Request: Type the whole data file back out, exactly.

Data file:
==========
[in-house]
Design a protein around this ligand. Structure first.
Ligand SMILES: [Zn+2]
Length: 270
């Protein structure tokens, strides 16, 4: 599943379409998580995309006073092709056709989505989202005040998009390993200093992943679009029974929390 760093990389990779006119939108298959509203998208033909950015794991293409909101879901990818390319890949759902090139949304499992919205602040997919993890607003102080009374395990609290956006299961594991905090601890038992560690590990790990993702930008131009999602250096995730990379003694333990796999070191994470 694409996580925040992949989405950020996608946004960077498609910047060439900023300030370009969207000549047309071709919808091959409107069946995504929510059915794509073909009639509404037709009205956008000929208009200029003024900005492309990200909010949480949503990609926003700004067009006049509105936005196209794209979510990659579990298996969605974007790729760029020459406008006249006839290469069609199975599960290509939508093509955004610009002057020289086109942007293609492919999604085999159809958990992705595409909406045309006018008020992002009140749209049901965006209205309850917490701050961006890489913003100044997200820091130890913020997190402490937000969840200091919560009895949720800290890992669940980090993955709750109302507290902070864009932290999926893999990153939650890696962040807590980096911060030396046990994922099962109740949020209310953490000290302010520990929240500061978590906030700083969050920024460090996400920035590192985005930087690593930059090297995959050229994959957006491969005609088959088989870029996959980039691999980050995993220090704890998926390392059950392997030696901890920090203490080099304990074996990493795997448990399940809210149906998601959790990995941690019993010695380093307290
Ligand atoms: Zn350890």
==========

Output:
[in-house]
Design a protein around this ligand. Structure first.
Ligand SMILES: [Zn+2]
Length: 270
């Protein structure tokens, strides 16, 4: 599943379409998580995309006073092709056709989505989202005040998009390993200093992943679009029974929390 760093990389990779006119939108298959509203998208033909950015794991293409909101879901990818390319890949759902090139949304499992919205602040997919993890607003102080009374395990609290956006299961594991905090601890038992560690590990790990993702930008131009999602250096995730990379003694333990796999070191994470 694409996580925040992949989405950020996608946004960077498609910047060439900023300030370009969207000549047309071709919808091959409107069946995504929510059915794509073909009639509404037709009205956008000929208009200029003024900005492309990200909010949480949503990609926003700004067009006049509105936005196209794209979510990659579990298996969605974007790729760029020459406008006249006839290469069609199975599960290509939508093509955004610009002057020289086109942007293609492919999604085999159809958990992705595409909406045309006018008020992002009140749209049901965006209205309850917490701050961006890489913003100044997200820091130890913020997190402490937000969840200091919560009895949720800290890992669940980090993955709750109302507290902070864009932290999926893999990153939650890696962040807590980096911060030396046990994922099962109740949020209310953490000290302010520990929240500061978590906030700083969050920024460090996400920035590192985005930087690593930059090297995959050229994959957006491969005609088959088989870029996959980039691999980050995993220090704890998926390392059950392997030696901890920090203490080099304990074996990493795997448990399940809210149906998601959790990995941690019993010695380093307290
Ligand atoms: Zn350890």